Iraqi Christians Reveal Untold Brutality of Living Under ISIS’ Rule

Iraqi Christians who survived living under Islamic State rule in occupied territories are now speaking about the various ways they were brutally tortured and threatened

Although Daddo and Badriya resisted many of IS’ attempts to convert them, she told Reuters last month that she eventually told the terrorists what they wanted to hear. “My heart would race when they tried to get me to convert. They would try to get me to (say the Muslim declaration of faith). I told them I didn’t know how to say it, and I said it in reverse,” she said. “I would say what they wanted.”

 

Iraqi Christians who survived living under Islamic State rule in occupied territories are now speaking about the various ways they were brutally tortured and threatened by the radical extremists, and have revealed some of the humiliating and degrading acts they were forced to commit.

Although more than 100,000 Christians fled from Mosul and the surrounding Nineveh Plains after IS conquered Christian villages in the area in 2014, some Christians were not able to leave due to sickness, old age, and a variety of other reasons. Many of those who remained were given three choices — convert to Islam, pay a tax for being Christian, or be killed.

One elderly woman who lived in Qaraqosh, which was once home to over 50,000 Christians, could not get away before IS took over because she was tending to her sick 90-year-old husband.

Zarifa Bakoos Daddo, who is 77 years old and survived living two years under IS’ rule, told AFP from her family’s home in Erbil that her husband died shortly after IS took over.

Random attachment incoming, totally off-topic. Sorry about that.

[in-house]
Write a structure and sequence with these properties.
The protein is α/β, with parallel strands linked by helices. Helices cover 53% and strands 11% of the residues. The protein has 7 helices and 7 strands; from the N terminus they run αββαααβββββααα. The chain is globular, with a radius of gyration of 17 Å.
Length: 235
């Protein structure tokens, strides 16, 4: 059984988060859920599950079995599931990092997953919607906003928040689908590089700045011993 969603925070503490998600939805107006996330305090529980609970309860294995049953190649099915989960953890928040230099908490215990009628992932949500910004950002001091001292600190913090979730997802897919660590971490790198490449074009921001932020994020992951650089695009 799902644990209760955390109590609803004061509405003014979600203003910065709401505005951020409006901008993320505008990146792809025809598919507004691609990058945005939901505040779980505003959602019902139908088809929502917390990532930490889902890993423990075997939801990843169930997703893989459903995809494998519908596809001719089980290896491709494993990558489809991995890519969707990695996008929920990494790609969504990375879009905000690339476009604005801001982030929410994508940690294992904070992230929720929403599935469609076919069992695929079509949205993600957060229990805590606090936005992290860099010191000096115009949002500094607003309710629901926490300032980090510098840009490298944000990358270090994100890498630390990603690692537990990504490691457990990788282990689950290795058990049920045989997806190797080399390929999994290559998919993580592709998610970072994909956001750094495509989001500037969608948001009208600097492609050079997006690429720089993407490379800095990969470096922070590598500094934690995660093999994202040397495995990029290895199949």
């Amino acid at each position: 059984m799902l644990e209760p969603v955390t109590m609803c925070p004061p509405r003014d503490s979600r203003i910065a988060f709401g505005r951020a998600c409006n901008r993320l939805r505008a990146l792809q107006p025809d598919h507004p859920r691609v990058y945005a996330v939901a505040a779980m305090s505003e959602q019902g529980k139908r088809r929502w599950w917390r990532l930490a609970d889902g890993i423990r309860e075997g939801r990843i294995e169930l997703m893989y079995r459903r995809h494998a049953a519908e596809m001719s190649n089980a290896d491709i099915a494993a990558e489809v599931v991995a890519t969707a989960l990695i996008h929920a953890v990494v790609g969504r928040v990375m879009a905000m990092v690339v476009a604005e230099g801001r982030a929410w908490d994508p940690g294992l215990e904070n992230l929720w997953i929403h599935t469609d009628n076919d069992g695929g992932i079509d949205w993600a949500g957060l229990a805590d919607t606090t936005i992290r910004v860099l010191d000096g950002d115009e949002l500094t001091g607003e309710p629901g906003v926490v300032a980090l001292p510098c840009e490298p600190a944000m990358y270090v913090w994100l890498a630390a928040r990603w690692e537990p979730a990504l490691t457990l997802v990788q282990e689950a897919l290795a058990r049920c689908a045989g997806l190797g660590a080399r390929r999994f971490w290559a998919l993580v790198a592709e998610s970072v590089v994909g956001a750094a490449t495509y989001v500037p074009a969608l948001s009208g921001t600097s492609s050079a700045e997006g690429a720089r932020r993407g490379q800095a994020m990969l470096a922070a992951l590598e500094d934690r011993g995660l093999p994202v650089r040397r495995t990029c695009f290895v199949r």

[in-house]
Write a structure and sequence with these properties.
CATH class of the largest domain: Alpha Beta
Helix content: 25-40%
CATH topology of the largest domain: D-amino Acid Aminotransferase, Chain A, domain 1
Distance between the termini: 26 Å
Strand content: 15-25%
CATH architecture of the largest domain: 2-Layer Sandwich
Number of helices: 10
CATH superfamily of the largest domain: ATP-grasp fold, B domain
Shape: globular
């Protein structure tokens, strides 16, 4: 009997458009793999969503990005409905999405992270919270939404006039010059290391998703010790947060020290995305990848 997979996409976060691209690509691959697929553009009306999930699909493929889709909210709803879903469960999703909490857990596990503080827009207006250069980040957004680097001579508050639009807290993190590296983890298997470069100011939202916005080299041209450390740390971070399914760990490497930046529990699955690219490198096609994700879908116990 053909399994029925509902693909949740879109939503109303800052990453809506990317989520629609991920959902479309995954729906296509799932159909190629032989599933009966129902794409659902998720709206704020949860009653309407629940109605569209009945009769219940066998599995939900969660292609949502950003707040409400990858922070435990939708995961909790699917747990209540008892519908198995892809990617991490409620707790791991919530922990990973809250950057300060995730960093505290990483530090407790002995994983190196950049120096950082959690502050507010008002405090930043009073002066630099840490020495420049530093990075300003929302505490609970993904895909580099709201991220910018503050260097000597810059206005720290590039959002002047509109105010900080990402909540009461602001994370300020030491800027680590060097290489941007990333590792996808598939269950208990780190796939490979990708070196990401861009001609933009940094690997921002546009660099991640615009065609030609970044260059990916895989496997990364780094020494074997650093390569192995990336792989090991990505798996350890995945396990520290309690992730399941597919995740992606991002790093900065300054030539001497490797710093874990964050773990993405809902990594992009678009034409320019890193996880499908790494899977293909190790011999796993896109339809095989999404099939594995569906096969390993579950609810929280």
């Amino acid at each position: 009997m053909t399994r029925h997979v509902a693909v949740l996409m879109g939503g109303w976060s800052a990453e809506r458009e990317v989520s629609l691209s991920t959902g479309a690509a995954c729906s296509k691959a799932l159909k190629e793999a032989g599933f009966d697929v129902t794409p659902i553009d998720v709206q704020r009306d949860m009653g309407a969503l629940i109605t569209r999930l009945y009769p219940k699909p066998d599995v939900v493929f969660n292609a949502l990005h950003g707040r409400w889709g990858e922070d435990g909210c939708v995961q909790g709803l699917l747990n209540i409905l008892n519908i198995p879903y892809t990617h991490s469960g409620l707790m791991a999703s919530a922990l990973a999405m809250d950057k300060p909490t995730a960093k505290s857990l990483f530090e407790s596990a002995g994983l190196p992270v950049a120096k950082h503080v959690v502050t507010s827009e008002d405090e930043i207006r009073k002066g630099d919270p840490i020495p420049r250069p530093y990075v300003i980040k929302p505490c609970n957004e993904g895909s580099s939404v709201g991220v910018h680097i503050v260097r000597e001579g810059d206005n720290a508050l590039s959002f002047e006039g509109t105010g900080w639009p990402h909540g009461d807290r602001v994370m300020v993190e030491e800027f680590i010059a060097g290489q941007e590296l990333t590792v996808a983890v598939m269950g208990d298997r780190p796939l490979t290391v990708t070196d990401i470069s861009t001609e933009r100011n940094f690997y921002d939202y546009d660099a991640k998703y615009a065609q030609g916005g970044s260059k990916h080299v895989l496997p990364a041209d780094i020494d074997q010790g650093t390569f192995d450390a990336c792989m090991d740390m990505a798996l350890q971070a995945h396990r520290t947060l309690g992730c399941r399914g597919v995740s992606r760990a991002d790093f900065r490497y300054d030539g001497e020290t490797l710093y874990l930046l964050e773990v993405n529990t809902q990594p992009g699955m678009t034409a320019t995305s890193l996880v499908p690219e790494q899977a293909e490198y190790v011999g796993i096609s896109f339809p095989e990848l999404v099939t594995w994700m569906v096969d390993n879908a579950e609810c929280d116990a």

Although her husband passed, Daddo was not alone because she lived with her friend Badriya in Qaraqosh until the town was liberated by Iraqi-led coalition forces last month.

Daddo said that while some of the older IS militants could be friendly, the younger jihadists were overzealous in pressuring them to convert.

“One day, one of them came asking for money and gold. He poked his rifle into my ribs and said ‘You have to give to us,'” she said, explaining that she forked over about $300, while Badriya gave up 15-carat gold to pay the jizya tax.

In another instance, about 20 IS militants came to the house and tried to force the women to convert and recite the Islamic declaration of faith.

“I told him we had our beliefs and they had theirs,” Daddo said.

“He told me to spit on a picture of the Virgin Mary and a crucifix,” she continued. “I refused but he made me. The whole time I was telling God in my heart that I did not mean any of this.”

Daddo said she thinks God heard her because when the militant tried to burn the picture, “his lighter didn’t work.”

Although Daddo and Badriya resisted many of IS’ attempts to convert them, she told Reuters last month that she eventually told the terrorists what they wanted to hear.

“My heart would race when they tried to get me to convert. They would try to get me to (say the Muslim declaration of faith). I told them I didn’t know how to say it, and I said it in reverse,” she said. “I would say what they wanted. My life is dear to me so I said what I had to.”

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